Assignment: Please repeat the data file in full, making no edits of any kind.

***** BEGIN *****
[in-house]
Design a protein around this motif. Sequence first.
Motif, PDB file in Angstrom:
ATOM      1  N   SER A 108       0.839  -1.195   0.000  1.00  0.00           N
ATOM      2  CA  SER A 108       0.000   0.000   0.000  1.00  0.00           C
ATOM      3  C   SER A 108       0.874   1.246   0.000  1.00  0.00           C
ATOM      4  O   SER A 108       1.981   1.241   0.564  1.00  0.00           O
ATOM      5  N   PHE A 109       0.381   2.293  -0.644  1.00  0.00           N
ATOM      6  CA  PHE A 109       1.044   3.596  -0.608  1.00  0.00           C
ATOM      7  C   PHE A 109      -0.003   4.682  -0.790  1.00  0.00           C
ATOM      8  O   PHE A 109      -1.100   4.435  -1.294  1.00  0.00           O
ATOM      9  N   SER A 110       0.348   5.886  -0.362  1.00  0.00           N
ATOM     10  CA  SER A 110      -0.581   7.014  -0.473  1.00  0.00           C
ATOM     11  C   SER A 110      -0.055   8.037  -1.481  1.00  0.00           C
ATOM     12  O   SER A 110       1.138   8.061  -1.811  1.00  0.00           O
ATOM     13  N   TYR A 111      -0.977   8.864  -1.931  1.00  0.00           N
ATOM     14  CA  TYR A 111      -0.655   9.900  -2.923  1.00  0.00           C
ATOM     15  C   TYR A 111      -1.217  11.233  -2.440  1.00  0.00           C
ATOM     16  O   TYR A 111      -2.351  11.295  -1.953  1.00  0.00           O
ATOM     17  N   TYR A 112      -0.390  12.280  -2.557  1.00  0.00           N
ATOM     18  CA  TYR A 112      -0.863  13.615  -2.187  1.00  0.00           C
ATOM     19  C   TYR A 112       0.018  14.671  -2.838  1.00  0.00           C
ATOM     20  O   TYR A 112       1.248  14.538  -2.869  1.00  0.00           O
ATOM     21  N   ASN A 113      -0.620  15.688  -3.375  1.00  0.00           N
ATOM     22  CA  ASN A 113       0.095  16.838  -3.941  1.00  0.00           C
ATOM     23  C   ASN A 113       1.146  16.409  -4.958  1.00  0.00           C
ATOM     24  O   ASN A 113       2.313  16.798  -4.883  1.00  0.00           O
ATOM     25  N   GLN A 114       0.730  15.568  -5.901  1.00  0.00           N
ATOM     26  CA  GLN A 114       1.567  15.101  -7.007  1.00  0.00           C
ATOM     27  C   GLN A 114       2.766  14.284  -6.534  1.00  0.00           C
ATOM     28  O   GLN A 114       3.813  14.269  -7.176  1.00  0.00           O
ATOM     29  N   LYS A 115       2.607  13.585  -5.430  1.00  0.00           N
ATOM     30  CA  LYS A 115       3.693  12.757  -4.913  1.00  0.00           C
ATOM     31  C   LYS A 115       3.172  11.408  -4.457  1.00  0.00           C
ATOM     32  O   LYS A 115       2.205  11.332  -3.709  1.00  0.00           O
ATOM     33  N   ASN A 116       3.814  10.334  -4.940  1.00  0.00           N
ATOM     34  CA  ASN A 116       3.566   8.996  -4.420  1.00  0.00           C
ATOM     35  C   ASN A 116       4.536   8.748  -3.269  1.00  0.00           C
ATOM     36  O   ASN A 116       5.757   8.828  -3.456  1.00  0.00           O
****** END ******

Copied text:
[in-house]
Design a protein around this motif. Sequence first.
Motif, PDB file in Angstrom:
ATOM      1  N   SER A 108       0.839  -1.195   0.000  1.00  0.00           N
ATOM      2  CA  SER A 108       0.000   0.000   0.000  1.00  0.00           C
ATOM      3  C   SER A 108       0.874   1.246   0.000  1.00  0.00           C
ATOM      4  O   SER A 108       1.981   1.241   0.564  1.00  0.00           O
ATOM      5  N   PHE A 109       0.381   2.293  -0.644  1.00  0.00           N
ATOM      6  CA  PHE A 109       1.044   3.596  -0.608  1.00  0.00           C
ATOM      7  C   PHE A 109      -0.003   4.682  -0.790  1.00  0.00           C
ATOM      8  O   PHE A 109      -1.100   4.435  -1.294  1.00  0.00           O
ATOM      9  N   SER A 110       0.348   5.886  -0.362  1.00  0.00           N
ATOM     10  CA  SER A 110      -0.581   7.014  -0.473  1.00  0.00           C
ATOM     11  C   SER A 110      -0.055   8.037  -1.481  1.00  0.00           C
ATOM     12  O   SER A 110       1.138   8.061  -1.811  1.00  0.00           O
ATOM     13  N   TYR A 111      -0.977   8.864  -1.931  1.00  0.00           N
ATOM     14  CA  TYR A 111      -0.655   9.900  -2.923  1.00  0.00           C
ATOM     15  C   TYR A 111      -1.217  11.233  -2.440  1.00  0.00           C
ATOM     16  O   TYR A 111      -2.351  11.295  -1.953  1.00  0.00           O
ATOM     17  N   TYR A 112      -0.390  12.280  -2.557  1.00  0.00           N
ATOM     18  CA  TYR A 112      -0.863  13.615  -2.187  1.00  0.00           C
ATOM     19  C   TYR A 112       0.018  14.671  -2.838  1.00  0.00           C
ATOM     20  O   TYR A 112       1.248  14.538  -2.869  1.00  0.00           O
ATOM     21  N   ASN A 113      -0.620  15.688  -3.375  1.00  0.00           N
ATOM     22  CA  ASN A 113       0.095  16.838  -3.941  1.00  0.00           C
ATOM     23  C   ASN A 113       1.146  16.409  -4.958  1.00  0.00           C
ATOM     24  O   ASN A 113       2.313  16.798  -4.883  1.00  0.00           O
ATOM     25  N   GLN A 114       0.730  15.568  -5.901  1.00  0.00           N
ATOM     26  CA  GLN A 114       1.567  15.101  -7.007  1.00  0.00           C
ATOM     27  C   GLN A 114       2.766  14.284  -6.534  1.00  0.00           C
ATOM     28  O   GLN A 114       3.813  14.269  -7.176  1.00  0.00           O
ATOM     29  N   LYS A 115       2.607  13.585  -5.430  1.00  0.00           N
ATOM     30  CA  LYS A 115       3.693  12.757  -4.913  1.00  0.00           C
ATOM     31  C   LYS A 115       3.172  11.408  -4.457  1.00  0.00           C
ATOM     32  O   LYS A 115       2.205  11.332  -3.709  1.00  0.00           O
ATOM     33  N   ASN A 116       3.814  10.334  -4.940  1.00  0.00           N
ATOM     34  CA  ASN A 116       3.566   8.996  -4.420  1.00  0.00           C
ATOM     35  C   ASN A 116       4.536   8.748  -3.269  1.00  0.00           C
ATOM     36  O   ASN A 116       5.757   8.828  -3.456  1.00  0.00           O